KPMG was pulled up over conflicts of interest and ethical issues relating to the provision of non-audit services to a client in the FRC’s latest audit quality inspections.
In all, two audits were flagged as requiring “significant improvement” while the FRC flagged “weaknesses in the testing of journals… in the majority of audits reviewed”.
That assessment included insufficient evidence supporting the journals selected for testing, insufficient procedures to ensure the completeness of the population of journals and insufficient testing in relation to certain fraud risk characteristics.
Communications with audit committees could still be improved in half of the audits examined, with areas including the presentation of significant risks identified, the involvement of the group audit team in the component audits and specific independence threats identified and related safeguards applied.
It continued to “identify cases where the audit report did not accurately describe certain procedures performed by the audit team”, although it noted there has been an improvement in the nature and extent of the matters identified.
In a statement, KPMG head of audit Adrian Stone said: “We are really concerned that the FRC’s inspection team rated two engagements as requiring significant improvement. However, we are also pleased that the FRC found a significant increase in the number of our highest rated engagements. We believe this is why we have won more audit tenders than any competitor since the audit rotation market shift began three years ago. Of course, we will never be satisfied with the inconsistency in our performance evidenced by the lower grades.
“We invest substantially in our audit business to ensure we are providing the highest quality reports. For example, we have more than doubled our investment in data and analytics in the last three years; we have invested in more senior quality and risk resource, resulting in an increased salary cost of 26% in the last three years and have increased the number of audit risk specialists by 15% over the last five years. Overall, our audit specialists are now receiving more training, more regularly.
“To achieve consistently high levels of audit quality there is still more to do to ensure our guidance is applied in every case. In some instances, we believe we have applied the correct approach, however, the FRC has disagreed. The AQR is therefore a useful vehicle for clarifying complex areas.
“We appreciate the FRC’s effort and constructive approach and welcome the external perspective provided by the feedback in their annual quality report. We will continue to invest in and improve our audit service so that we go beyond the FRC’s published aim that at least 90% of FTSE350 audits reviewed should require no more than limited improvements.”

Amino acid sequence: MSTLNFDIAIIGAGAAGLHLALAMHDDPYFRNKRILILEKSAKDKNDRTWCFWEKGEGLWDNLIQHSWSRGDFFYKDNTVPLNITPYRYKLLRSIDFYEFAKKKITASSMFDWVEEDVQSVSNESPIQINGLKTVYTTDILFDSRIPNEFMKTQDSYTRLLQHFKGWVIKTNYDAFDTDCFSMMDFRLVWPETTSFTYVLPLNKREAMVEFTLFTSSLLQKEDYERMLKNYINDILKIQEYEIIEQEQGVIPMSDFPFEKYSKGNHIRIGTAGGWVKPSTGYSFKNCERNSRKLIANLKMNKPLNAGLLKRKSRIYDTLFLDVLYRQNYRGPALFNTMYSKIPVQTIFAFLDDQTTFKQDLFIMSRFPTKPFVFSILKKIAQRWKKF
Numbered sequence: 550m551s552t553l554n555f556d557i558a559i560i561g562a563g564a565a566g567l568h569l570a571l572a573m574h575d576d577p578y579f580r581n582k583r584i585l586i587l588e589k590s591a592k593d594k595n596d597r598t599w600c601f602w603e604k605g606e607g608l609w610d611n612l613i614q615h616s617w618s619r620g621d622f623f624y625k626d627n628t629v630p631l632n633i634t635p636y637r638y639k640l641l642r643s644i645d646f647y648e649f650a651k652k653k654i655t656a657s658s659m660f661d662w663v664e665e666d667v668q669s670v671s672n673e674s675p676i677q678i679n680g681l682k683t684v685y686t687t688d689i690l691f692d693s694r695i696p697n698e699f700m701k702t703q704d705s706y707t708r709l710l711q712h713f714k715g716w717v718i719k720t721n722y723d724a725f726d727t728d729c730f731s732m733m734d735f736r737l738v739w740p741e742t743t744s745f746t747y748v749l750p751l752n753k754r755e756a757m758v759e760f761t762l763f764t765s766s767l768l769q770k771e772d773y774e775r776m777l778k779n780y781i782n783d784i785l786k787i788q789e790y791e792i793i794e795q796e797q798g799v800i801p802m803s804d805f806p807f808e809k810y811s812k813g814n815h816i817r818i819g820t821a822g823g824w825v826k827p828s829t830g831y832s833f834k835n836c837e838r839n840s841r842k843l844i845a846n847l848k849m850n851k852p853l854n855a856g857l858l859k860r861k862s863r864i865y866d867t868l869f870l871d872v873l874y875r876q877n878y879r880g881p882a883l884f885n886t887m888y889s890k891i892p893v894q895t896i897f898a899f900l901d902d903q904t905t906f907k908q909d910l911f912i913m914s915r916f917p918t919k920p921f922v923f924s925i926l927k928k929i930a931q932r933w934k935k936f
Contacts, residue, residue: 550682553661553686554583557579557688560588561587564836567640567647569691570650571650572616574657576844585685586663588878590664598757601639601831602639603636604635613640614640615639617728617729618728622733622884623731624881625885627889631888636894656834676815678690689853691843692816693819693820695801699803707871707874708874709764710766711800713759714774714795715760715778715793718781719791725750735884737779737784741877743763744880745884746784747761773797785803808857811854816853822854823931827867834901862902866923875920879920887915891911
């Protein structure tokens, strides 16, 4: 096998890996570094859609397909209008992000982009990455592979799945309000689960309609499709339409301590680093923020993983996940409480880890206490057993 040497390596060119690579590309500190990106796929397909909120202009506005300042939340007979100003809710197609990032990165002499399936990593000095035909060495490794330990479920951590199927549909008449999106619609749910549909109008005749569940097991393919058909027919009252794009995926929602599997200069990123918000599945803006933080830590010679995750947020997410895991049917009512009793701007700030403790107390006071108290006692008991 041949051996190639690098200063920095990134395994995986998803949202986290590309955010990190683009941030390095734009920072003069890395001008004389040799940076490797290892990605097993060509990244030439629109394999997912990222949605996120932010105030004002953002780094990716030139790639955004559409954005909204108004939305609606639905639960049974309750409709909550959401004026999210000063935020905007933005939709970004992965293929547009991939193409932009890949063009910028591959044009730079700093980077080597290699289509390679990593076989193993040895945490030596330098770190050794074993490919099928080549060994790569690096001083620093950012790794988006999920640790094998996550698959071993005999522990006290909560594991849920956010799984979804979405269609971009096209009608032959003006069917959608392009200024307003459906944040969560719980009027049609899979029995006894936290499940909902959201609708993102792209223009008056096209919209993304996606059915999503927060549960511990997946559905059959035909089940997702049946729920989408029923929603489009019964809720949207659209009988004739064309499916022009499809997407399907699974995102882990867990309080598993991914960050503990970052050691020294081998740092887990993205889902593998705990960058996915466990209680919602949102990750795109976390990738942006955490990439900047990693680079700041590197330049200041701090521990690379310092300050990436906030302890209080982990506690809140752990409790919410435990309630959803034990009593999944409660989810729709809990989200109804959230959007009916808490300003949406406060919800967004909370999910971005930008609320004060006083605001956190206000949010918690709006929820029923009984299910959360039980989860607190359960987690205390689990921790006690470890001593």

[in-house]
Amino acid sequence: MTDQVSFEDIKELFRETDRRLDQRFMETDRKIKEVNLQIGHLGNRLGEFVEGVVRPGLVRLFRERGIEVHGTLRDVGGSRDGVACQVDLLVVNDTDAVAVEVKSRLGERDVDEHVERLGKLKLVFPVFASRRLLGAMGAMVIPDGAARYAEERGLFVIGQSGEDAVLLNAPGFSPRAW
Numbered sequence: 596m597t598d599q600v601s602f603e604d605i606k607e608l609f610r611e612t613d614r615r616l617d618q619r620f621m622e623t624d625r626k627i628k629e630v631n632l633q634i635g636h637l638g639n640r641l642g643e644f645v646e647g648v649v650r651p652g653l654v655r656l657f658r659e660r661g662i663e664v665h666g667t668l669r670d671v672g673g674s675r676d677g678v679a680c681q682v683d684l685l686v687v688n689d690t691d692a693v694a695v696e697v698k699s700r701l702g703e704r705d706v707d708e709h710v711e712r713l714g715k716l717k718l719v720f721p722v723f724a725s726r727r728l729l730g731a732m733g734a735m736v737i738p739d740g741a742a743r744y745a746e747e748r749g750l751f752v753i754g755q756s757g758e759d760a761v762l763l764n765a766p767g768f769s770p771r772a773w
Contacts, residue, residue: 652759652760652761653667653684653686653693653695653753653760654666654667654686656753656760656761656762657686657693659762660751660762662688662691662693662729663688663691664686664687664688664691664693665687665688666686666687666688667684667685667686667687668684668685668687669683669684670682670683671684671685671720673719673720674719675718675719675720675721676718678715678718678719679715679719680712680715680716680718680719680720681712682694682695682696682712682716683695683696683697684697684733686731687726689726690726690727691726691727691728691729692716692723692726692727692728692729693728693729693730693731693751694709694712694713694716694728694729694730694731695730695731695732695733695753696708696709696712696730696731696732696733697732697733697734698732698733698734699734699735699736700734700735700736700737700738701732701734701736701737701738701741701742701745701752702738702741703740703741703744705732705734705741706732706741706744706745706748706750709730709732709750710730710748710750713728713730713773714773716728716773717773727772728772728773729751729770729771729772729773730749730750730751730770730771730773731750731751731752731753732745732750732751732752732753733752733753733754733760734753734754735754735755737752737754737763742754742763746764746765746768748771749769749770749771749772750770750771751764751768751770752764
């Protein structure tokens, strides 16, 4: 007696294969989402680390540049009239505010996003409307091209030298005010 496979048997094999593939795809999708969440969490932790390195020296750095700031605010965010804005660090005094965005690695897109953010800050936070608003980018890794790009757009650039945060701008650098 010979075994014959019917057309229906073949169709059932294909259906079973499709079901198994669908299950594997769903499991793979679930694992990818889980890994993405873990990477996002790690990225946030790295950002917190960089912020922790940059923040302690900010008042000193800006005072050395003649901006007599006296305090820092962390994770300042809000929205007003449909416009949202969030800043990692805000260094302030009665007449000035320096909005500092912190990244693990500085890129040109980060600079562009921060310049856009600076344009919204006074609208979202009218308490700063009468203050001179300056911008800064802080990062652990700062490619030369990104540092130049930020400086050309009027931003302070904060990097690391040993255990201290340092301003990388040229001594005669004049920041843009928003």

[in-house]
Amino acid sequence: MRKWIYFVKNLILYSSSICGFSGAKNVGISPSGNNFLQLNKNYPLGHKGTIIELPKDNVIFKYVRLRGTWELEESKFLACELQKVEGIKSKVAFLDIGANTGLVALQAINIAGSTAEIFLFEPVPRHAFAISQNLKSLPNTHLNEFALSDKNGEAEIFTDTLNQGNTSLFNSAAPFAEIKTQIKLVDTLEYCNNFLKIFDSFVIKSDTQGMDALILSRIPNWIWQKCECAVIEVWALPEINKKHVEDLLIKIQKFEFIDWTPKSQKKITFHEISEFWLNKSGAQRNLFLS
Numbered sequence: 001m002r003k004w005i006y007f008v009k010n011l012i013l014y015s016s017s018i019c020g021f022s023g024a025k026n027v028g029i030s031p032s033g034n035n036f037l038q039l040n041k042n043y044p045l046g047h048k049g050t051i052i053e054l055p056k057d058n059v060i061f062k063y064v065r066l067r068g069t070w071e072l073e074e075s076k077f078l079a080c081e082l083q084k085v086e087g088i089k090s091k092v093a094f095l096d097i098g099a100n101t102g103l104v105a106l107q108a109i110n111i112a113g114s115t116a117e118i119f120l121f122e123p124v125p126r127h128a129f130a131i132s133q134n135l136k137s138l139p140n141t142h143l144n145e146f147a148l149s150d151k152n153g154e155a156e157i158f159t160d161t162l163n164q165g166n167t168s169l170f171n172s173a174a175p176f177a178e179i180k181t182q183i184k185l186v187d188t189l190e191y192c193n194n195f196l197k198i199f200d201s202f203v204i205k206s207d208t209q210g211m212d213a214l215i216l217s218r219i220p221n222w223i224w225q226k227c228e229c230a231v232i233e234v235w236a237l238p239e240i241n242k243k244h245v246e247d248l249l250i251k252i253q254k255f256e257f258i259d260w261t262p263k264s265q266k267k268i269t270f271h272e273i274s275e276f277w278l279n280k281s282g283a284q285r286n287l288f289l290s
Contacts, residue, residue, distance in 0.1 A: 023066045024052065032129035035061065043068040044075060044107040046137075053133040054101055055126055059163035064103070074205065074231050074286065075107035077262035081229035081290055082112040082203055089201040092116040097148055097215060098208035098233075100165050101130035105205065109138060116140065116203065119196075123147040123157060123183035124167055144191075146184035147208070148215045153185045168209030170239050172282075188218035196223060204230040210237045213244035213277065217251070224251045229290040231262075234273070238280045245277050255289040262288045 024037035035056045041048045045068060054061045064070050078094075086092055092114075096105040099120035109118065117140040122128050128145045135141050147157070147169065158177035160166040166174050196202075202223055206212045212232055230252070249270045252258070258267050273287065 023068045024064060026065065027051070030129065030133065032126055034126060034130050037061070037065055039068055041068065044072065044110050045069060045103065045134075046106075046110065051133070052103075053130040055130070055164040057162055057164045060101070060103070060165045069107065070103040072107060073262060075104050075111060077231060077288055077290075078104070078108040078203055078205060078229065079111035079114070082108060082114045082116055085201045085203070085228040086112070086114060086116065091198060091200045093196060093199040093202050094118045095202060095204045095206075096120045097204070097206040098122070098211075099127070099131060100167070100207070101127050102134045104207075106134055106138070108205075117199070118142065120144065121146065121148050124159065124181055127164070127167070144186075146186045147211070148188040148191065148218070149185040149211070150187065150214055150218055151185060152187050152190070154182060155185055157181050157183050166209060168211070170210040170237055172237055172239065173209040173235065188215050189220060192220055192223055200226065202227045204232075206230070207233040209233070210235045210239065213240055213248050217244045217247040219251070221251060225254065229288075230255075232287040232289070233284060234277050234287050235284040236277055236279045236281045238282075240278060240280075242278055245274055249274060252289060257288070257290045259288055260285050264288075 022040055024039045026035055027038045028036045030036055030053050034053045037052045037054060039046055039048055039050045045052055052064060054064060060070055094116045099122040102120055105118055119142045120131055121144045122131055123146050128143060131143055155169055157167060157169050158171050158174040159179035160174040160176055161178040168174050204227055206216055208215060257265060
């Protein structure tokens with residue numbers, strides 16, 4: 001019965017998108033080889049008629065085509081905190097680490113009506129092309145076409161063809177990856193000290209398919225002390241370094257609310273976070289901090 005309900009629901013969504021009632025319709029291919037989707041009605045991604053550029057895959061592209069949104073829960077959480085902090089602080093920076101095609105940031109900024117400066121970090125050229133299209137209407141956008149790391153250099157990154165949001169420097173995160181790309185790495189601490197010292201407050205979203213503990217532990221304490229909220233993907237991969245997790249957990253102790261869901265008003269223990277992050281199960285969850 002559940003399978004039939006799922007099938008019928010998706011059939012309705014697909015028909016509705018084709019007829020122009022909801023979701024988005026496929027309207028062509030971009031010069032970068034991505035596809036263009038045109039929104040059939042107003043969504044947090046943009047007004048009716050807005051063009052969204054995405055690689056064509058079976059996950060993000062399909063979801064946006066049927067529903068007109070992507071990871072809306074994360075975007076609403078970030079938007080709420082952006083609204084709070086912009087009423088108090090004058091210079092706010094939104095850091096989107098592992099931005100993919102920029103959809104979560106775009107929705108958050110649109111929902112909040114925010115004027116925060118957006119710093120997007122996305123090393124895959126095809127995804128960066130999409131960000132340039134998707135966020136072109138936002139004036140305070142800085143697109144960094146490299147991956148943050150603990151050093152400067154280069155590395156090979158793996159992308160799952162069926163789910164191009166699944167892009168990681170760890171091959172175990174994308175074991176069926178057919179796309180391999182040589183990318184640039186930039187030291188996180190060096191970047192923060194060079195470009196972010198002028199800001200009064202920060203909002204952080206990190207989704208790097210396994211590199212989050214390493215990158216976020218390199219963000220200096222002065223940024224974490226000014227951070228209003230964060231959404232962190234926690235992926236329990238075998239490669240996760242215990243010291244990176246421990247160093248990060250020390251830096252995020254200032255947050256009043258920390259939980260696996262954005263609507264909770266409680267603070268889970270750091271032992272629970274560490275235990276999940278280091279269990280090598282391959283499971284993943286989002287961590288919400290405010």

Challenging clients’ assumptions was highlighted as the weakest area in PwC’s auditing according to the FRC’s audit quality inspection.
The extent to which the growth assumptions and related disclosures in impairment reviews had been adequately considered and challenged, including in situations where there were recent investments was flagged in particular.
On one audit, the procedures performed in relation to the short-term growth assumptions to support the carrying value of recent investments “appeared to focus mainly on discussions with management in respect of their plans”. In addition, while the audit team informed the audit committee that management had agreed to expand the disclosures regarding the key assumptions in the financial statements, the expanded disclosures “did not cover the short-term growth rates and related sensitivities”.
The extent of evidence to support long-standing tax provisions which had not moved for a number of years was also criticised. On two audits there was “insufficient evidence supporting a number of long-standing tax provisions and the original basis for the provisions”. On one of these audits, there was insufficient evidence that the audit team had challenged the judgments made for each exposure and jurisdiction.
PwC head of assurance James Chalmers said: “Audit quality is of paramount importance to the firm. We are pleased with the continued trend of improvement in our audit quality assessments from the FRC and continue to strive for improvements in all aspects of our audit work. We value the independent observations and recommendations provided by the FRC and are pleased it has recognised the steps we have taken in response to previous findings, reflecting the ongoing investment in our audit practice.
“I believe the FRC’s new style of report is a positive step in helping readers understand the key findings from the inspections and the actions we are taking in response.”
Challenging management’s judgement, particularly in relation to impairment reviews and judgmental valuations was highlighted as an area in which Deloitte ought to improve, the FRC found.